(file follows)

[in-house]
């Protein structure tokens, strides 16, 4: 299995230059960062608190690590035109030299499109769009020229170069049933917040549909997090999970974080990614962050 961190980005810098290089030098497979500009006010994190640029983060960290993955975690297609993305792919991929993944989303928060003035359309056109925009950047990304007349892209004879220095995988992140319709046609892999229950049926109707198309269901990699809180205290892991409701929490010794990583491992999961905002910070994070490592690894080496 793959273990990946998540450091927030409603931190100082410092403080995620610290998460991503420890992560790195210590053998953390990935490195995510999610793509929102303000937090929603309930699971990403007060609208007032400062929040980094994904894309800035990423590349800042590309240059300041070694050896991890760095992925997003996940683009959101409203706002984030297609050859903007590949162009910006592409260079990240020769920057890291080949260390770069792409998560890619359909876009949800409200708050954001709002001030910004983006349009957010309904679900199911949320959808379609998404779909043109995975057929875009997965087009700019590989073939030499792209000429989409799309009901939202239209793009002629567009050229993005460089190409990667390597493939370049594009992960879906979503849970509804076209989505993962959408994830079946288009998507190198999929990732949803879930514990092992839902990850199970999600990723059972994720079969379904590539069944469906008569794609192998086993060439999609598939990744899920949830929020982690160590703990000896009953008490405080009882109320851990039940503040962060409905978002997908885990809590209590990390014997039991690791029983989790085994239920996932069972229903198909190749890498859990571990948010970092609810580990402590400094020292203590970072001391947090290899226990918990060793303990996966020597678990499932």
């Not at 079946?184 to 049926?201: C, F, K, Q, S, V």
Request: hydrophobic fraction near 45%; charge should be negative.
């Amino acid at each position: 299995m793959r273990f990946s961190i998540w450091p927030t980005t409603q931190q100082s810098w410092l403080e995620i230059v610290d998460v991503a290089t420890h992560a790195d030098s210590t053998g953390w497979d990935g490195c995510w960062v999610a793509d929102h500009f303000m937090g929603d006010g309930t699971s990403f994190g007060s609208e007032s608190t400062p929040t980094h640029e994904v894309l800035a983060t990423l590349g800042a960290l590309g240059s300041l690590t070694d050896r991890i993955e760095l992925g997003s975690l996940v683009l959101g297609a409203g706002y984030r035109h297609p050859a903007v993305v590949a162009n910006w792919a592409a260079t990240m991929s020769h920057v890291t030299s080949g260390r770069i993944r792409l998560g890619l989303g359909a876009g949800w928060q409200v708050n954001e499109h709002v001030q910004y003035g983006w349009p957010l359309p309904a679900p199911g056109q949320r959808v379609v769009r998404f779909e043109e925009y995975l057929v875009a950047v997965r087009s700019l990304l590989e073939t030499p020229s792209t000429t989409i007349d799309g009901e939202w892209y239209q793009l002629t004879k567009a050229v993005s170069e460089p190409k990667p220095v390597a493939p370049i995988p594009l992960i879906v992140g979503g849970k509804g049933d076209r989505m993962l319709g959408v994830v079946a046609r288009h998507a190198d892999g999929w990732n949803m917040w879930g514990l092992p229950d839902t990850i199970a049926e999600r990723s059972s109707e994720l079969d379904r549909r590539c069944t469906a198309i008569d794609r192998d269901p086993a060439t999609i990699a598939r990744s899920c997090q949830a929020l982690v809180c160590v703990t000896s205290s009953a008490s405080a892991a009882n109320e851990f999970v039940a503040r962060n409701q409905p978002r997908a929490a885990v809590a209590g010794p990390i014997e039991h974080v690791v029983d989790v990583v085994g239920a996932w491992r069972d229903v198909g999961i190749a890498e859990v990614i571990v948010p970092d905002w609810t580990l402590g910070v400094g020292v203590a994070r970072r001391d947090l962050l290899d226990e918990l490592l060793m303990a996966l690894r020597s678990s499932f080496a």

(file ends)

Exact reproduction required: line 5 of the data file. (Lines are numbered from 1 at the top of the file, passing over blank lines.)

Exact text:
């Amino acid at each position: 299995m793959r273990f990946s961190i998540w450091p927030t980005t409603q931190q100082s810098w410092l403080e995620i230059v610290d998460v991503a290089t420890h992560a790195d030098s210590t053998g953390w497979d990935g490195c995510w960062v999610a793509d929102h500009f303000m937090g929603d006010g309930t699971s990403f994190g007060s609208e007032s608190t400062p929040t980094h640029e994904v894309l800035a983060t990423l590349g800042a960290l590309g240059s300041l690590t070694d050896r991890i993955e760095l992925g997003s975690l996940v683009l959101g297609a409203g706002y984030r035109h297609p050859a903007v993305v590949a162009n910006w792919a592409a260079t990240m991929s020769h920057v890291t030299s080949g260390r770069i993944r792409l998560g890619l989303g359909a876009g949800w928060q409200v708050n954001e499109h709002v001030q910004y003035g983006w349009p957010l359309p309904a679900p199911g056109q949320r959808v379609v769009r998404f779909e043109e925009y995975l057929v875009a950047v997965r087009s700019l990304l590989e073939t030499p020229s792209t000429t989409i007349d799309g009901e939202w892209y239209q793009l002629t004879k567009a050229v993005s170069e460089p190409k990667p220095v390597a493939p370049i995988p594009l992960i879906v992140g979503g849970k509804g049933d076209r989505m993962l319709g959408v994830v079946a046609r288009h998507a190198d892999g999929w990732n949803m917040w879930g514990l092992p229950d839902t990850i199970a049926e999600r990723s059972s109707e994720l079969d379904r549909r590539c069944t469906a198309i008569d794609r192998d269901p086993a060439t999609i990699a598939r990744s899920c997090q949830a929020l982690v809180c160590v703990t000896s205290s009953a008490s405080a892991a009882n109320e851990f999970v039940a503040r962060n409701q409905p978002r997908a929490a885990v809590a209590g010794p990390i014997e039991h974080v690791v029983d989790v990583v085994g239920a996932w491992r069972d229903v198909g999961i190749a890498e859990v990614i571990v948010p970092d905002w609810t580990l402590g910070v400094g020292v203590a994070r970072r001391d947090l962050l290899d226990e918990l490592l060793m303990a996966l690894r020597s678990s499932f080496a």